Thousands pledged for River Ver improvement project in St Albans
- Credit: Archant
The Environment Agency has pledged £300,000 to the next phase of the project to revitalise the River Ver in St Albans.
St Albans district council, alongside the Environment Agency (EA) and other partners, is working to return the river to a more natural state, make enhancements to Verulamium Park and improve the quality of its artificial lakes.
The money will help fund the drawing up of detailed designs by specialists, as well as the business case for proceeding with the initiative.
Sam Lumb, EA area director for Herts and North London, revealed the plans in a letter to St Albans district council following an enquiry on the project's progress from Cllr Anthony Rowlands, portfolio holder for community, leisure and sport.
Ms Lumb described the project as "[the EA's} largest partnership project of its kind and a priority chalk stream restoration scheme", and assured the council that the EA intends to help fund the implementation of the scheme in future years.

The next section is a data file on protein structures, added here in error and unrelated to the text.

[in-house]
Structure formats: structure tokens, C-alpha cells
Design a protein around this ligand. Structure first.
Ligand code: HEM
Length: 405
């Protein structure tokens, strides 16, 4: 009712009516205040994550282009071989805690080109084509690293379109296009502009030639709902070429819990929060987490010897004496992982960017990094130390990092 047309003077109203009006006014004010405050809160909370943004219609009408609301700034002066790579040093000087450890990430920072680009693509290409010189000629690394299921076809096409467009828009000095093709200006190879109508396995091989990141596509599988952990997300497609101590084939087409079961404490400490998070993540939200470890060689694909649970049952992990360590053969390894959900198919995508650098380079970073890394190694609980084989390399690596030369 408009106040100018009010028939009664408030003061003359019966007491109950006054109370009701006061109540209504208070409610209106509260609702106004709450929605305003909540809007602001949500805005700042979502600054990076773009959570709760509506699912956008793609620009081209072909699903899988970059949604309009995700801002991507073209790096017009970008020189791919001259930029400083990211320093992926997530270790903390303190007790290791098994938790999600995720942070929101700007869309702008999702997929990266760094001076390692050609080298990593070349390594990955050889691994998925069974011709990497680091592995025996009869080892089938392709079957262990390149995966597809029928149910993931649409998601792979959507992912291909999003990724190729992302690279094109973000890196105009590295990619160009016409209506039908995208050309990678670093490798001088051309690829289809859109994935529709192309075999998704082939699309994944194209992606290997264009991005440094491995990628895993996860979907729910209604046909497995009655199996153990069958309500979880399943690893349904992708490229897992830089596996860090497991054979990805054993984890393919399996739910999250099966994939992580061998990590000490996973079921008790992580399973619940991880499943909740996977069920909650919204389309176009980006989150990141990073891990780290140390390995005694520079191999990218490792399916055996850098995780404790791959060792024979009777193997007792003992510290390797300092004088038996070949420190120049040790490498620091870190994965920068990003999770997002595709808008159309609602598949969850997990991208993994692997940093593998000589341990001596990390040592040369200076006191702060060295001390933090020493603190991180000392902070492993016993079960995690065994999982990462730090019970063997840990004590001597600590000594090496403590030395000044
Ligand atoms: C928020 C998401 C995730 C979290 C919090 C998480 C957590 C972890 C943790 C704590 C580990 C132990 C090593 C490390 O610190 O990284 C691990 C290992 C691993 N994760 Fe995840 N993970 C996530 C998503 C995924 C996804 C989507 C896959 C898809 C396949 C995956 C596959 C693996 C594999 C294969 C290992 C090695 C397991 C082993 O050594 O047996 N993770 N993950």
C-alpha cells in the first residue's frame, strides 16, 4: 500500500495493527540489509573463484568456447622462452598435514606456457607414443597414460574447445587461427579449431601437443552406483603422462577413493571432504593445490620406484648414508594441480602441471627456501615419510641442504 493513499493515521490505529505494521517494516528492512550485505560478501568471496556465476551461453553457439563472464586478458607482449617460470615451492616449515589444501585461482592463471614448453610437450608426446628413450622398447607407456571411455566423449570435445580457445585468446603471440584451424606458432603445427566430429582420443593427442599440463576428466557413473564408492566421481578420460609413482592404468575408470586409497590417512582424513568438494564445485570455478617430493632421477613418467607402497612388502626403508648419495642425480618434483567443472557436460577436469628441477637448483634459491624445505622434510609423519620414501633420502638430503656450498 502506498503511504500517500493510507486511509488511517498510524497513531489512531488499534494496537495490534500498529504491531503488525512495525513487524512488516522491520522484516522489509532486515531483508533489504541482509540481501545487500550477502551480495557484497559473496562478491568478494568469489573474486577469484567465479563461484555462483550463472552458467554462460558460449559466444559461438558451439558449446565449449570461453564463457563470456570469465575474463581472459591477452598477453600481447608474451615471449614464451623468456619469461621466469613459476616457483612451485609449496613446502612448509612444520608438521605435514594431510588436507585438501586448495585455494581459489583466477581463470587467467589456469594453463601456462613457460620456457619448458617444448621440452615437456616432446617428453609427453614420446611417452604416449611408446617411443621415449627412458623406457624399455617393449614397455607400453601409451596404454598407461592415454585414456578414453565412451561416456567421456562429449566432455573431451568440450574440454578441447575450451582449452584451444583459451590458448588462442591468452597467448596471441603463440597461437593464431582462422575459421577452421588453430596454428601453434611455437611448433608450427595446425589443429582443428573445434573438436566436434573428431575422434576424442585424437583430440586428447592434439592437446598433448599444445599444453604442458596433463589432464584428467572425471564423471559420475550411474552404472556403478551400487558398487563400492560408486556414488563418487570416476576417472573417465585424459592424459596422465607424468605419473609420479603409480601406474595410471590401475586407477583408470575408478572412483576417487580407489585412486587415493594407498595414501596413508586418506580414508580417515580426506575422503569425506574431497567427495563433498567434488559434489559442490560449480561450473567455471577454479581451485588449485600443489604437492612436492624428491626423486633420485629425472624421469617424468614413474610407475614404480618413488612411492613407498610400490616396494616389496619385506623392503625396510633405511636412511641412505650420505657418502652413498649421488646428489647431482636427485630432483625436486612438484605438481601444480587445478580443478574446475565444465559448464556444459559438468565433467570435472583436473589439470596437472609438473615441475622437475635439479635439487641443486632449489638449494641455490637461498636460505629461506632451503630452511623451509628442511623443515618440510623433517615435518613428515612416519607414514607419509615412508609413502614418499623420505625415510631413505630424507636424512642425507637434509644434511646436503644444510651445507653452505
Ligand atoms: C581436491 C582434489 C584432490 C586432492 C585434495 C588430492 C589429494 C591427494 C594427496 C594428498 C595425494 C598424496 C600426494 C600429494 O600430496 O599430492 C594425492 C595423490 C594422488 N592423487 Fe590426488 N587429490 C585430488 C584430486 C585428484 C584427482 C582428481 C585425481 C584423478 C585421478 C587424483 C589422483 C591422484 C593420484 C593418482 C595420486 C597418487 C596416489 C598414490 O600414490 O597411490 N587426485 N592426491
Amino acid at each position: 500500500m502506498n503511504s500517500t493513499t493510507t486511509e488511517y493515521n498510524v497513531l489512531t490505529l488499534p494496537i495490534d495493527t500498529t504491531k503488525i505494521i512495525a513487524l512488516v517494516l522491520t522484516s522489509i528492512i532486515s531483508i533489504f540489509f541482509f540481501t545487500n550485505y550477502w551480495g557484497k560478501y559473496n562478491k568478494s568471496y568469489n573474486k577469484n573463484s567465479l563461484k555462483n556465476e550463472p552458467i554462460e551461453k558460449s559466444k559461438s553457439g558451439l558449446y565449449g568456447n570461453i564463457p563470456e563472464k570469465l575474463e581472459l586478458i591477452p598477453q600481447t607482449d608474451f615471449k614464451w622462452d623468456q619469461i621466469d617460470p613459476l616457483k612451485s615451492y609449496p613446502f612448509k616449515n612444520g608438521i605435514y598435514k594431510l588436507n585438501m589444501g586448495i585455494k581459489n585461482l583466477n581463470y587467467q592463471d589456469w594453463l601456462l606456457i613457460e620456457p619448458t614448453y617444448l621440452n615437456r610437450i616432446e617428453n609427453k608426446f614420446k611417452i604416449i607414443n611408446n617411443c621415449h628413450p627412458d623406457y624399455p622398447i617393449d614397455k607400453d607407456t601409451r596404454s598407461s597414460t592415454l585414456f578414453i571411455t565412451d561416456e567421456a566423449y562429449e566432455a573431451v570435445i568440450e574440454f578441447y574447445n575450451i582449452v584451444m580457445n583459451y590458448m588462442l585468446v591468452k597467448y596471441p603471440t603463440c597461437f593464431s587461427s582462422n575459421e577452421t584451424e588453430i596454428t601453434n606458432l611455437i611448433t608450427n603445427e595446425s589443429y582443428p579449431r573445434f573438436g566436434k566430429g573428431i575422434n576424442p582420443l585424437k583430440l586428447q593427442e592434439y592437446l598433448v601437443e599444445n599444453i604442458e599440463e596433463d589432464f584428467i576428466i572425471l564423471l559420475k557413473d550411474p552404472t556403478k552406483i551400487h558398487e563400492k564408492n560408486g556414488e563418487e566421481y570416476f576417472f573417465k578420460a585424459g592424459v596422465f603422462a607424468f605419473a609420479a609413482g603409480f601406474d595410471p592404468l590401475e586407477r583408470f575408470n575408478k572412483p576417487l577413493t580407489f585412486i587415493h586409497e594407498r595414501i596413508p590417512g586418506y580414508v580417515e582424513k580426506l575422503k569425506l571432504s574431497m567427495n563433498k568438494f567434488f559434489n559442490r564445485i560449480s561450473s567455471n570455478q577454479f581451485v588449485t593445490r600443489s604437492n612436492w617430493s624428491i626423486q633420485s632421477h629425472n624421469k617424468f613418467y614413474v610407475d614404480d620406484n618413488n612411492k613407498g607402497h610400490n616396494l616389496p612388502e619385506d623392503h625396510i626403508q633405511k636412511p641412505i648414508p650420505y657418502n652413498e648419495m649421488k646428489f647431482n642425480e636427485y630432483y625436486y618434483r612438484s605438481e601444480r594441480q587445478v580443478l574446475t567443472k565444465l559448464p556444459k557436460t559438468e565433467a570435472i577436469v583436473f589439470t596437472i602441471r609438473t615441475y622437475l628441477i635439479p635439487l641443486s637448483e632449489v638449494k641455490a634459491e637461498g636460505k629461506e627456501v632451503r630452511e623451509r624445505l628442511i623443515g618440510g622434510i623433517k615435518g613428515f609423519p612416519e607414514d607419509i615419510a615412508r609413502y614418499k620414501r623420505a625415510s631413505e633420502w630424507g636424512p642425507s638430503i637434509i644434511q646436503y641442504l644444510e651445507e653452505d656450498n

She said: "We look forward to building on our close partnership with St Albans district council, and through this project, bringing benefits to the people and wildlife of St Albans."
The multi-million project will see a 2.5km stretch of the rare chalk stream rejuvenated as it flows through Verulamium Park and the Sopwell Nunnery.
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The project also aims to improve water quality at Verulamium lakes, which were built more than 80 years ago to an antiquated design.
Other major improvements have been envisaged for the surrounding wildlife and landscape, including the creation of accessible wetlands.
When the project was launched in spring 2018, councillors were warned it would take several years to complete and funding would have to be obtained.
Cllr Rowlands said: "I can understand that many residents are eager for us to advance the project and want to see some tangible results such as immediate improvements to the lakes. However, I must ask them to be patient as this is a complex project and much other preparatory work needs to be done before the diggers can move in.
"The state of Verulamium Park has been a major concern for many years now and we are determined finally to resolve it."